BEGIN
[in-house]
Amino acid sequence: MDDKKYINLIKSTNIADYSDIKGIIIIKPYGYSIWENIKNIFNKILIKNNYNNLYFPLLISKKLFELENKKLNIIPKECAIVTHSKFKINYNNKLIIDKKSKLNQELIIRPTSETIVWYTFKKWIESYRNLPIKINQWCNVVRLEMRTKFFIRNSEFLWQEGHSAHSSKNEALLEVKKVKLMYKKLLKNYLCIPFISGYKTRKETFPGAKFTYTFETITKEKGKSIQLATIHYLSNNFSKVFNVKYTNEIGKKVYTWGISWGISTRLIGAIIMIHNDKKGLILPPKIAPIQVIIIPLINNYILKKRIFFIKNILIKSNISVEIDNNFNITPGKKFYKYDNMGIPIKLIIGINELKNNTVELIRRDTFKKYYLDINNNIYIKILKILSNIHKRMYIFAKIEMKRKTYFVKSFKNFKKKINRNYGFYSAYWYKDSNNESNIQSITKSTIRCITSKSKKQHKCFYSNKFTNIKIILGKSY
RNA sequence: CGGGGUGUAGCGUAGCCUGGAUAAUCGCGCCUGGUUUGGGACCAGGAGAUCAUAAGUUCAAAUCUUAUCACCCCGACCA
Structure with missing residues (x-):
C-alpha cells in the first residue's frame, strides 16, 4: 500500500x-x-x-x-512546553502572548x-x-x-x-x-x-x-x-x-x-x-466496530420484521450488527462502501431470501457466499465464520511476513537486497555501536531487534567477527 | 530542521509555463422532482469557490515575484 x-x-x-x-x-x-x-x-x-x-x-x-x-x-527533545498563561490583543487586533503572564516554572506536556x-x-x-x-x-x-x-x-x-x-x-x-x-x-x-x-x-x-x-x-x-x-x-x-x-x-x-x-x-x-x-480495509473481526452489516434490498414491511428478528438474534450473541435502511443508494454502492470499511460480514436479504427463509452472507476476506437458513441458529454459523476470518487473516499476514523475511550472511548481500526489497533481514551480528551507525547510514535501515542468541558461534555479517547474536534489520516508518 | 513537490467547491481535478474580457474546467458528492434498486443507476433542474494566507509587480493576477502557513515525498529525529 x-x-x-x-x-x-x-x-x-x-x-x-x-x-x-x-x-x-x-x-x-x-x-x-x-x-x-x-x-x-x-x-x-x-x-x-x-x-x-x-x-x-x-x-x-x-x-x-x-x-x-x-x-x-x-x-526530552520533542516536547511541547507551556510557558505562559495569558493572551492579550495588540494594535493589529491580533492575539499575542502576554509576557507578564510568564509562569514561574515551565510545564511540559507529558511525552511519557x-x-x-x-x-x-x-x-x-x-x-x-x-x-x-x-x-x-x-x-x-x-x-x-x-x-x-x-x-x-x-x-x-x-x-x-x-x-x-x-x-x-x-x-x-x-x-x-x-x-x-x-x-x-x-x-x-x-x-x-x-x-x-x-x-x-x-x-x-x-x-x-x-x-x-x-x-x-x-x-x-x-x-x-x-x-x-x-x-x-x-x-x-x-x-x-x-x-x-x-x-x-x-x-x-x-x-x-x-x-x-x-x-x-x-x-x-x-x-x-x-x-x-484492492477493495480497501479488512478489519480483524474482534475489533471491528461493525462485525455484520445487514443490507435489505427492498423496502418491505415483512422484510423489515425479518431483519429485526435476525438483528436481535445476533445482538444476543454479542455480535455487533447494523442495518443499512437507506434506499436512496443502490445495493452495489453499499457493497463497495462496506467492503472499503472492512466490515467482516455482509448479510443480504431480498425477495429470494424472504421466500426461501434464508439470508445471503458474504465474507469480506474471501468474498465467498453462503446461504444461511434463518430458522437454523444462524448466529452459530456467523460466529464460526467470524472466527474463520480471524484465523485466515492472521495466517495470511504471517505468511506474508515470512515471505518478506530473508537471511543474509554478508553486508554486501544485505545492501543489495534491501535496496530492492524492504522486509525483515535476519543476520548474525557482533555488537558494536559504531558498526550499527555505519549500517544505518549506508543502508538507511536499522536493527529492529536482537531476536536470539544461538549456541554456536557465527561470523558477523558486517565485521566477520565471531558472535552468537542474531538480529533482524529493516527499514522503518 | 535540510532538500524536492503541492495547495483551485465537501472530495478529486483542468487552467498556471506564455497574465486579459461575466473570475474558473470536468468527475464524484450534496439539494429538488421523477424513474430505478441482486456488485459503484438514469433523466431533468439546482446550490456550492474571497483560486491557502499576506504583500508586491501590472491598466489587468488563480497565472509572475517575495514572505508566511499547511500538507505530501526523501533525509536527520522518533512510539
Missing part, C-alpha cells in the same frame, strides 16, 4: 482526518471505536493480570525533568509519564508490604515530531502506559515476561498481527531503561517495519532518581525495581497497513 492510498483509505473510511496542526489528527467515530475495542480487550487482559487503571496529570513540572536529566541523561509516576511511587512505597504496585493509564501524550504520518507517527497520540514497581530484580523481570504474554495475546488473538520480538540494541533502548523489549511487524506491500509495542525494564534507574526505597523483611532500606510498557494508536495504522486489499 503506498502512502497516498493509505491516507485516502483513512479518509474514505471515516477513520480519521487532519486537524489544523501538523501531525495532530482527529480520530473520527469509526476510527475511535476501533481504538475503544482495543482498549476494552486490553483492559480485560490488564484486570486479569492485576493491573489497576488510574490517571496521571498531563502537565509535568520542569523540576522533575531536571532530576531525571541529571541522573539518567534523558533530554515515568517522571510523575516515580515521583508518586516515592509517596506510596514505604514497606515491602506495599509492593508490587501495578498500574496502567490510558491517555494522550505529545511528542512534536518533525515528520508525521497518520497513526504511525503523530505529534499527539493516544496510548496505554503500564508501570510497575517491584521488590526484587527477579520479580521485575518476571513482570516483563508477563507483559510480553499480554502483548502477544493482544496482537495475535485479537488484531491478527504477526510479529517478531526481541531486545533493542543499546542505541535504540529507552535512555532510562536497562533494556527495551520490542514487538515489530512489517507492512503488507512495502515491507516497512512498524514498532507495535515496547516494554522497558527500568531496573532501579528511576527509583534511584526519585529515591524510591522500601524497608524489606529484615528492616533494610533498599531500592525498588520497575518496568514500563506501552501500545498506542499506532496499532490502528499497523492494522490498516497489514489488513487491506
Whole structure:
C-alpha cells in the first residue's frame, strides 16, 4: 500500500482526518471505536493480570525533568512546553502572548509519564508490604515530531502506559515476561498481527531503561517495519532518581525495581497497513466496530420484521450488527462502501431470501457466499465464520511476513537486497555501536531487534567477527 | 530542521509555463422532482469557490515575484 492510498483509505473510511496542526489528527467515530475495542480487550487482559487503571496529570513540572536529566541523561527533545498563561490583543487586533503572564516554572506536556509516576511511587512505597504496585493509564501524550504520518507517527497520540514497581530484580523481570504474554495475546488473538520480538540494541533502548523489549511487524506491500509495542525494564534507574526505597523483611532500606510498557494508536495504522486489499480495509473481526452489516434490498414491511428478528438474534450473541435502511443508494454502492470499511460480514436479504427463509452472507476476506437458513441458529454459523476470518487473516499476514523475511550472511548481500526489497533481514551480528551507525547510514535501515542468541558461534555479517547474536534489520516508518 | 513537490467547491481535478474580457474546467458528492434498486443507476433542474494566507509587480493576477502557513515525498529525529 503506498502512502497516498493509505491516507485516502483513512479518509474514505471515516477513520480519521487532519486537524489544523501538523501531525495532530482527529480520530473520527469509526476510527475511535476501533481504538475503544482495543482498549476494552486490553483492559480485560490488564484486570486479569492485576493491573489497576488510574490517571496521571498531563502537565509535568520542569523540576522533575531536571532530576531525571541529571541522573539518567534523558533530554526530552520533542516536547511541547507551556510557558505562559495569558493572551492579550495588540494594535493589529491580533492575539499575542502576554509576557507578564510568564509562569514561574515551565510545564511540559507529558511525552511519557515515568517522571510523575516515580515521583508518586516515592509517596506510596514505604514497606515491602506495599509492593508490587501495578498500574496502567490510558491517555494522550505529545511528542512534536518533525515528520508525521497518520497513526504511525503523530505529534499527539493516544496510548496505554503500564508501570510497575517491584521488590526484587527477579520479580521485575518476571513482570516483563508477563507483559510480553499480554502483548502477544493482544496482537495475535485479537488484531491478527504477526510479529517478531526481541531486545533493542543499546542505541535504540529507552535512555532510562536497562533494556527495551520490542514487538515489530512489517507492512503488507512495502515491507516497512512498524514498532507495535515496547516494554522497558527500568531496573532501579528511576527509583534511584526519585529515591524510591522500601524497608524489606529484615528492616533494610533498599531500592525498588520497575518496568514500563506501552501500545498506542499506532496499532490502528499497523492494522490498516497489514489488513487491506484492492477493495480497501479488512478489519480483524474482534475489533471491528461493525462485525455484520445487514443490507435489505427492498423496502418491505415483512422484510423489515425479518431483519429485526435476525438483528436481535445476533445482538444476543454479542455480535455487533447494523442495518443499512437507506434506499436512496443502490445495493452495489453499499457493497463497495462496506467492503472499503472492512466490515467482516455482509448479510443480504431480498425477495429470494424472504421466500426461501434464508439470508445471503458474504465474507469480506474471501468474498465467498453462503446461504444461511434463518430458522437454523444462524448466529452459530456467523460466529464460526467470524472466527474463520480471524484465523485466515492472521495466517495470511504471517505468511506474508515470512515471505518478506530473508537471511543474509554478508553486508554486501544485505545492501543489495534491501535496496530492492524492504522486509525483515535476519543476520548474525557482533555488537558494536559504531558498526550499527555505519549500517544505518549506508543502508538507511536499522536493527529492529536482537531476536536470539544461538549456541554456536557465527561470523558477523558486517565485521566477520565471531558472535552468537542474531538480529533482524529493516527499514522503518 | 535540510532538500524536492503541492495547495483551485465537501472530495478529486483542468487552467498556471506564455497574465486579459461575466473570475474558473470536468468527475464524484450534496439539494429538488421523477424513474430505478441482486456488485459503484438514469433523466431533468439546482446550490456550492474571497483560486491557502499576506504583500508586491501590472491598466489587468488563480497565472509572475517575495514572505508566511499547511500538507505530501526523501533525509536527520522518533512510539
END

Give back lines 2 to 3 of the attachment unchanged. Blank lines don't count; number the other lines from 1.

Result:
Amino acid sequence: MDDKKYINLIKSTNIADYSDIKGIIIIKPYGYSIWENIKNIFNKILIKNNYNNLYFPLLISKKLFELENKKLNIIPKECAIVTHSKFKINYNNKLIIDKKSKLNQELIIRPTSETIVWYTFKKWIESYRNLPIKINQWCNVVRLEMRTKFFIRNSEFLWQEGHSAHSSKNEALLEVKKVKLMYKKLLKNYLCIPFISGYKTRKETFPGAKFTYTFETITKEKGKSIQLATIHYLSNNFSKVFNVKYTNEIGKKVYTWGISWGISTRLIGAIIMIHNDKKGLILPPKIAPIQVIIIPLINNYILKKRIFFIKNILIKSNISVEIDNNFNITPGKKFYKYDNMGIPIKLIIGINELKNNTVELIRRDTFKKYYLDINNNIYIKILKILSNIHKRMYIFAKIEMKRKTYFVKSFKNFKKKINRNYGFYSAYWYKDSNNESNIQSITKSTIRCITSKSKKQHKCFYSNKFTNIKIILGKSY
RNA sequence: CGGGGUGUAGCGUAGCCUGGAUAAUCGCGCCUGGUUUGGGACCAGGAGAUCAUAAGUUCAAAUCUUAUCACCCCGACCA